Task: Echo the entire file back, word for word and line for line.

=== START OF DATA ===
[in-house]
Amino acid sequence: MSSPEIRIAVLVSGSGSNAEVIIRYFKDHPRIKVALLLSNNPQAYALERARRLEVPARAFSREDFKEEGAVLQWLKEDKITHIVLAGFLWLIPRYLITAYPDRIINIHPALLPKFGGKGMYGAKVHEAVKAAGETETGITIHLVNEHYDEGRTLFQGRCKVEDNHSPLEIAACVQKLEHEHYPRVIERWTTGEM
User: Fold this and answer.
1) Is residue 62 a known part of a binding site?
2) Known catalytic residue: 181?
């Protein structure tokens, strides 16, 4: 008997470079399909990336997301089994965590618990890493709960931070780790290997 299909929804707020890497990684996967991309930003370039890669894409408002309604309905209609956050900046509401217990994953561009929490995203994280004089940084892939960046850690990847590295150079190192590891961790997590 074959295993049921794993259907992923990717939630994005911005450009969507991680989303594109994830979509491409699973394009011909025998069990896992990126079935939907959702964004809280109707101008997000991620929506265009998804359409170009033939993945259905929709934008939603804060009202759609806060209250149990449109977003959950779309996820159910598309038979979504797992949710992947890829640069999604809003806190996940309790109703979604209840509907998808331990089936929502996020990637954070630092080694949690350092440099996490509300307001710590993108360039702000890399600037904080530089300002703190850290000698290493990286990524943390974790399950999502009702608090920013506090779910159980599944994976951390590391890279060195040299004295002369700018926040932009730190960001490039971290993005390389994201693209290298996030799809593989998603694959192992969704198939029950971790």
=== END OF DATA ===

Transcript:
[in-house]
Amino acid sequence: MSSPEIRIAVLVSGSGSNAEVIIRYFKDHPRIKVALLLSNNPQAYALERARRLEVPARAFSREDFKEEGAVLQWLKEDKITHIVLAGFLWLIPRYLITAYPDRIINIHPALLPKFGGKGMYGAKVHEAVKAAGETETGITIHLVNEHYDEGRTLFQGRCKVEDNHSPLEIAACVQKLEHEHYPRVIERWTTGEM
User: Fold this and answer.
1) Is residue 62 a known part of a binding site?
2) Known catalytic residue: 181?
């Protein structure tokens, strides 16, 4: 008997470079399909990336997301089994965590618990890493709960931070780790290997 299909929804707020890497990684996967991309930003370039890669894409408002309604309905209609956050900046509401217990994953561009929490995203994280004089940084892939960046850690990847590295150079190192590891961790997590 074959295993049921794993259907992923990717939630994005911005450009969507991680989303594109994830979509491409699973394009011909025998069990896992990126079935939907959702964004809280109707101008997000991620929506265009998804359409170009033939993945259905929709934008939603804060009202759609806060209250149990449109977003959950779309996820159910598309038979979504797992949710992947890829640069999604809003806190996940309790109703979604209840509907998808331990089936929502996020990637954070630092080694949690350092440099996490509300307001710590993108360039702000890399600037904080530089300002703190850290000698290493990286990524943390974790399950999502009702608090920013506090779910159980599944994976951390590391890279060195040299004295002369700018926040932009730190960001490039971290993005390389994201693209290298996030799809593989998603694959192992969704198939029950971790």